While I’m sure Ireland would have preferred a much simpler match, this was probably the perfect situation for them. This is a team who are notoriously famous for having peaked too soon, and I’m sure that after their recent victories over New Zealand, South Africa and France, and with their ranking as #1 in the world, people are just waiting for them to collapse at another World Cup.
So while some may see this as the first sign, I think that Andy Farrell will use this as a timely wake-up call. But more than that, it is a reminder that they cannot let the occasion get the better of them and must remain focused for every game, while also a timely reminder not to underestimate a team, no matter how bad their recent performances have been, and a reminder of just how hard a team can fight when they lose a man to a red card. But further to that, Keenan’s failed HIA gave Jimmy O’Brien some crucial experience in a major match, while Ryan Baird was also forced to step up after being given the number 4 shirt with both Tadhg Beirne and Iain Henderson missing through injury.
But at the end of the day, a win is a win, and a Grand Slam just months out from a World Cup will give them so much belief that 202 could finally be the year that they break their World Cup curse.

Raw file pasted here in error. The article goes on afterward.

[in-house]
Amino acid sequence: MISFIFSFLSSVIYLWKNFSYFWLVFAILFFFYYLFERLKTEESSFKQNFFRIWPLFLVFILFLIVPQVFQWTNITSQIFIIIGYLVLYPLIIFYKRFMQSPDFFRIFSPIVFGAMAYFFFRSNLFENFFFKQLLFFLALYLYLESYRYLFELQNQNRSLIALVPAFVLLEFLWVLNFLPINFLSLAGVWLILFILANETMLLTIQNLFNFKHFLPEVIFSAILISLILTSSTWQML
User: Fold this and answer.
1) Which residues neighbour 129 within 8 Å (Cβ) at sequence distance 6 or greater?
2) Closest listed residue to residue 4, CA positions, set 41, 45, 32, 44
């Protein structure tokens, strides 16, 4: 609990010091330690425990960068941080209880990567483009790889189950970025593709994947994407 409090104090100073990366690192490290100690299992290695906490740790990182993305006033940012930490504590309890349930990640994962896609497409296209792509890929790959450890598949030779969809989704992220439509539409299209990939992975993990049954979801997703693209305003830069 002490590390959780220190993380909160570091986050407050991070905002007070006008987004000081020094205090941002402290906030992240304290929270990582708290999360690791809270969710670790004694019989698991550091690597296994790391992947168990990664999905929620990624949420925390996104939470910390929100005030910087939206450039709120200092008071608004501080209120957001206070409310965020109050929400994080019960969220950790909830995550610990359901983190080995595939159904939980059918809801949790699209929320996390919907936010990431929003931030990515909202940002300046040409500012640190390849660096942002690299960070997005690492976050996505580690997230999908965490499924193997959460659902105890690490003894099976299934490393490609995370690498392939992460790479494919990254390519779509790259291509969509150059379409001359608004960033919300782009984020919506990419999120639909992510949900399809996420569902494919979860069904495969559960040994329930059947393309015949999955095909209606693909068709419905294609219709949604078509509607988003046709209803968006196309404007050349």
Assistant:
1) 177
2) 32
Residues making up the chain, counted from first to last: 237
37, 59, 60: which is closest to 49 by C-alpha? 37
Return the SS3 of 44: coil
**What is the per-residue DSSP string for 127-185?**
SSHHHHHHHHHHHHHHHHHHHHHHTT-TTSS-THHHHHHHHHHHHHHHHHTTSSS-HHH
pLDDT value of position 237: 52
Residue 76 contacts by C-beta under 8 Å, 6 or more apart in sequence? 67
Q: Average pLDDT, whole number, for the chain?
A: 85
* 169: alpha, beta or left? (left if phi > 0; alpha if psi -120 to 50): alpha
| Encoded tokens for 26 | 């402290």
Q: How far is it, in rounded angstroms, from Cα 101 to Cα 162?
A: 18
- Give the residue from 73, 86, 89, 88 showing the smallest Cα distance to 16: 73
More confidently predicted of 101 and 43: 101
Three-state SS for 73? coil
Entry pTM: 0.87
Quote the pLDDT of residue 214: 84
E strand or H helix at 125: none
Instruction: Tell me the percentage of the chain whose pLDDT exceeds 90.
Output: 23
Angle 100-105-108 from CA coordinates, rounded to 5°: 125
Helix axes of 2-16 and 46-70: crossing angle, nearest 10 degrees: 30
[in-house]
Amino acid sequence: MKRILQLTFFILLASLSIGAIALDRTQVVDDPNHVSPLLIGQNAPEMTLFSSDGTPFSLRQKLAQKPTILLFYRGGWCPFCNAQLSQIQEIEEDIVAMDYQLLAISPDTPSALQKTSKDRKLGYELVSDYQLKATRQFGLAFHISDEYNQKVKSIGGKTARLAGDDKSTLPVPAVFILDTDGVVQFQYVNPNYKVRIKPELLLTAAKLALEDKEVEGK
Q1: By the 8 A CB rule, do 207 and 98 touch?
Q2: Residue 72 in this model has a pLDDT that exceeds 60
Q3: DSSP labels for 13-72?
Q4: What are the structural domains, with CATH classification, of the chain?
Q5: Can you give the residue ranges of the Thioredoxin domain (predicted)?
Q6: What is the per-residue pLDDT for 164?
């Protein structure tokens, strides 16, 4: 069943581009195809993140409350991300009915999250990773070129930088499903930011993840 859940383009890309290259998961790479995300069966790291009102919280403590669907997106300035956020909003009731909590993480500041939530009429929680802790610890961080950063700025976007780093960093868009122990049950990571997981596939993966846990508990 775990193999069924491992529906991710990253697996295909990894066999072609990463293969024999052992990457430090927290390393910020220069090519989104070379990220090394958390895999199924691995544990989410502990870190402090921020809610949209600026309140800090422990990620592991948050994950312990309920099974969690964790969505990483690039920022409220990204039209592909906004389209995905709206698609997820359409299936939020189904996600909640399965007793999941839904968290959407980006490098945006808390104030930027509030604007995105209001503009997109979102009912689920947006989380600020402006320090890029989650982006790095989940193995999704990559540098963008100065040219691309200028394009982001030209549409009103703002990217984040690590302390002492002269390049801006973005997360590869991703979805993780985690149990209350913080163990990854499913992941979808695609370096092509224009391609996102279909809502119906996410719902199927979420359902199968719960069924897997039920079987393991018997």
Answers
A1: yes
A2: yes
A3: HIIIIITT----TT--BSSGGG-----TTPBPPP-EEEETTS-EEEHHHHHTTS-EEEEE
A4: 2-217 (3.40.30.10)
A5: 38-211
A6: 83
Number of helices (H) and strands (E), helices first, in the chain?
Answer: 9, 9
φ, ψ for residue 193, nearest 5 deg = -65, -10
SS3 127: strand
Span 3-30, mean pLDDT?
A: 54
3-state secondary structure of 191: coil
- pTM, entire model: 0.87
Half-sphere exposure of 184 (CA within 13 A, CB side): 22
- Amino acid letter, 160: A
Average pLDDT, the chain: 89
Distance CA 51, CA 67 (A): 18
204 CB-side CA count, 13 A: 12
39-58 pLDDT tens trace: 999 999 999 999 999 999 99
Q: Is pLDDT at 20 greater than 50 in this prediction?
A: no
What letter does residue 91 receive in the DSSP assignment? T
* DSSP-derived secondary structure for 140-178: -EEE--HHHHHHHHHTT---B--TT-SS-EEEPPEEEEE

Whether it was the return of Owen Farrell at 10 and Manu Tuilagi at 12, or just a number of players realising that last week had left them 1 poor performance away from the end of their Test careers, but this English performance was unrecognisable from last week.
Players were getting up in the Irish faces, and at the breakdown they weren’t just making it a contest, they were actually winning on the balance of play. Meanwhile in attack, there appeared more intent in the carries, and there was much more structure.
To me, part of this is likely a boot up the proverbial buttocks after last week forcing a response, but I also think that the 10 and 12 selections have an impact. Owen Farrell is a leader, and leads by example, controlling the attack and being physical in defence. Seeing your captain and leader doing this will push you to do the same, while Ellis Genge—removed from the burden of captaincy—was able to focus on his own game and looked much more dangerous, while with extra support from his his pack, Jack Willis was able to have one of his best performances in an England shirt.
But I can’t help think that Tuilagi has an impact too. While Ollie Lawrence has done a fie job at 12 for England, he is not as big as Manu, in the same way that Yoram Moefana was not able to completely replace Jonathan Danty in the early rounds of the tournament, and I would argue that Lawrence’s long-term England future may be at rather than 12, especially as a new generation of physical 12s arrives in Dan Kelly and Seb Atkinson. Tuilagi remains an incredible talent and the only real question marks are around his durability. for a team rebuilding like England are right now, a player of his ability and experience still has a crucial part to play. Will it be enough to see him on the plane to France…?
This year, I’m doing Movember a little different with my Movember Marathon.
You can find all the details on my announcement.
Visit my JustGiving page for updates or if you would like to donate.
Help me to change the face of men’s health!